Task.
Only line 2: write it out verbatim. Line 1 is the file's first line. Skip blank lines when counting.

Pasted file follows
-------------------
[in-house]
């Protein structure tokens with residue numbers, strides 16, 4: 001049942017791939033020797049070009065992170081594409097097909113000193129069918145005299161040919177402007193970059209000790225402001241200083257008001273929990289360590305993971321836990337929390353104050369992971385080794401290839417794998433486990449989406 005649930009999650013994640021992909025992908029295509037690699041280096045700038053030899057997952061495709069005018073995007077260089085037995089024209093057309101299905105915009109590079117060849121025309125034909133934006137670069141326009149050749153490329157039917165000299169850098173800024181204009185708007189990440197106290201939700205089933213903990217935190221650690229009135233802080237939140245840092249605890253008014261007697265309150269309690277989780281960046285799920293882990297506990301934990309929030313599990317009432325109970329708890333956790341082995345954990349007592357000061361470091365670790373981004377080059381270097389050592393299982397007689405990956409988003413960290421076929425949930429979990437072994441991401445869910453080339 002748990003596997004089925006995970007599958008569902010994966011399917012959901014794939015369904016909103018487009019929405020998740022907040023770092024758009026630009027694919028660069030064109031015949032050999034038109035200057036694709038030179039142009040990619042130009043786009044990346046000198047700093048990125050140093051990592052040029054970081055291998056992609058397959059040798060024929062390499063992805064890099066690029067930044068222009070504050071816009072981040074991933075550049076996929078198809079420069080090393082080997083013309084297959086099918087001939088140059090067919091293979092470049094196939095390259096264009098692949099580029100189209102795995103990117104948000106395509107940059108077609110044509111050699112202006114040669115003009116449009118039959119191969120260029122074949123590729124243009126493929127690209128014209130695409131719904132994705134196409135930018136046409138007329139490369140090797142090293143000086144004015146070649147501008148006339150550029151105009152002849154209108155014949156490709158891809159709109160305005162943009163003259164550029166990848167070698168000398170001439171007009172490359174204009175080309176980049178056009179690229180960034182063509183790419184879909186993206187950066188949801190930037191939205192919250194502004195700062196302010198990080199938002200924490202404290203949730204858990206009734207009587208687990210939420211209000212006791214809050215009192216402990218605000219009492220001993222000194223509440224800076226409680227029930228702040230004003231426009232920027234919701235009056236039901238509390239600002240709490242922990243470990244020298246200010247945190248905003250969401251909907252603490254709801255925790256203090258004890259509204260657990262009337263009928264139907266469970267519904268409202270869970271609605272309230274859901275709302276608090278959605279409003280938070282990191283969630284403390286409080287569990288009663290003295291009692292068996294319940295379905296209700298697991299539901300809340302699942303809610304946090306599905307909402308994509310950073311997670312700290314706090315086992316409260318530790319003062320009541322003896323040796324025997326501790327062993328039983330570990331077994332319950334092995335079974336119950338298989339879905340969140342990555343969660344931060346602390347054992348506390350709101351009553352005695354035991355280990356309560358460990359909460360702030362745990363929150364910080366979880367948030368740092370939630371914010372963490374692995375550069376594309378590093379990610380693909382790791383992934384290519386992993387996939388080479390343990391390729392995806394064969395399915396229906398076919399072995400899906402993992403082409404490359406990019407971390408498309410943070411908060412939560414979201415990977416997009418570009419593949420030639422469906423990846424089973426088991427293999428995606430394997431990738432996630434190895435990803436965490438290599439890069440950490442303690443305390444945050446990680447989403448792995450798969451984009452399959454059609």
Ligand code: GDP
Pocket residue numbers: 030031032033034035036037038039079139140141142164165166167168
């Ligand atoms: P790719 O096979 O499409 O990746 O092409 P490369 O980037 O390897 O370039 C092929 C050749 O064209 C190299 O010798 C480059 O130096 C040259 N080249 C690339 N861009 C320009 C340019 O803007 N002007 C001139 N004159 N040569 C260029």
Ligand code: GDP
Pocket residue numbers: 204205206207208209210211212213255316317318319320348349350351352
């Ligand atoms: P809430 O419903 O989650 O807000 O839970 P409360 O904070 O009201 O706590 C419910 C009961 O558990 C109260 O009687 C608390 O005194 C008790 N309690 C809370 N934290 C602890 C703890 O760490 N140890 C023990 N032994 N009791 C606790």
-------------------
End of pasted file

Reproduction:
């Protein structure tokens with residue numbers, strides 16, 4: 001049942017791939033020797049070009065992170081594409097097909113000193129069918145005299161040919177402007193970059209000790225402001241200083257008001273929990289360590305993971321836990337929390353104050369992971385080794401290839417794998433486990449989406 005649930009999650013994640021992909025992908029295509037690699041280096045700038053030899057997952061495709069005018073995007077260089085037995089024209093057309101299905105915009109590079117060849121025309125034909133934006137670069141326009149050749153490329157039917165000299169850098173800024181204009185708007189990440197106290201939700205089933213903990217935190221650690229009135233802080237939140245840092249605890253008014261007697265309150269309690277989780281960046285799920293882990297506990301934990309929030313599990317009432325109970329708890333956790341082995345954990349007592357000061361470091365670790373981004377080059381270097389050592393299982397007689405990956409988003413960290421076929425949930429979990437072994441991401445869910453080339 002748990003596997004089925006995970007599958008569902010994966011399917012959901014794939015369904016909103018487009019929405020998740022907040023770092024758009026630009027694919028660069030064109031015949032050999034038109035200057036694709038030179039142009040990619042130009043786009044990346046000198047700093048990125050140093051990592052040029054970081055291998056992609058397959059040798060024929062390499063992805064890099066690029067930044068222009070504050071816009072981040074991933075550049076996929078198809079420069080090393082080997083013309084297959086099918087001939088140059090067919091293979092470049094196939095390259096264009098692949099580029100189209102795995103990117104948000106395509107940059108077609110044509111050699112202006114040669115003009116449009118039959119191969120260029122074949123590729124243009126493929127690209128014209130695409131719904132994705134196409135930018136046409138007329139490369140090797142090293143000086144004015146070649147501008148006339150550029151105009152002849154209108155014949156490709158891809159709109160305005162943009163003259164550029166990848167070698168000398170001439171007009172490359174204009175080309176980049178056009179690229180960034182063509183790419184879909186993206187950066188949801190930037191939205192919250194502004195700062196302010198990080199938002200924490202404290203949730204858990206009734207009587208687990210939420211209000212006791214809050215009192216402990218605000219009492220001993222000194223509440224800076226409680227029930228702040230004003231426009232920027234919701235009056236039901238509390239600002240709490242922990243470990244020298246200010247945190248905003250969401251909907252603490254709801255925790256203090258004890259509204260657990262009337263009928264139907266469970267519904268409202270869970271609605272309230274859901275709302276608090278959605279409003280938070282990191283969630284403390286409080287569990288009663290003295291009692292068996294319940295379905296209700298697991299539901300809340302699942303809610304946090306599905307909402308994509310950073311997670312700290314706090315086992316409260318530790319003062320009541322003896323040796324025997326501790327062993328039983330570990331077994332319950334092995335079974336119950338298989339879905340969140342990555343969660344931060346602390347054992348506390350709101351009553352005695354035991355280990356309560358460990359909460360702030362745990363929150364910080366979880367948030368740092370939630371914010372963490374692995375550069376594309378590093379990610380693909382790791383992934384290519386992993387996939388080479390343990391390729392995806394064969395399915396229906398076919399072995400899906402993992403082409404490359406990019407971390408498309410943070411908060412939560414979201415990977416997009418570009419593949420030639422469906423990846424089973426088991427293999428995606430394997431990738432996630434190895435990803436965490438290599439890069440950490442303690443305390444945050446990680447989403448792995450798969451984009452399959454059609």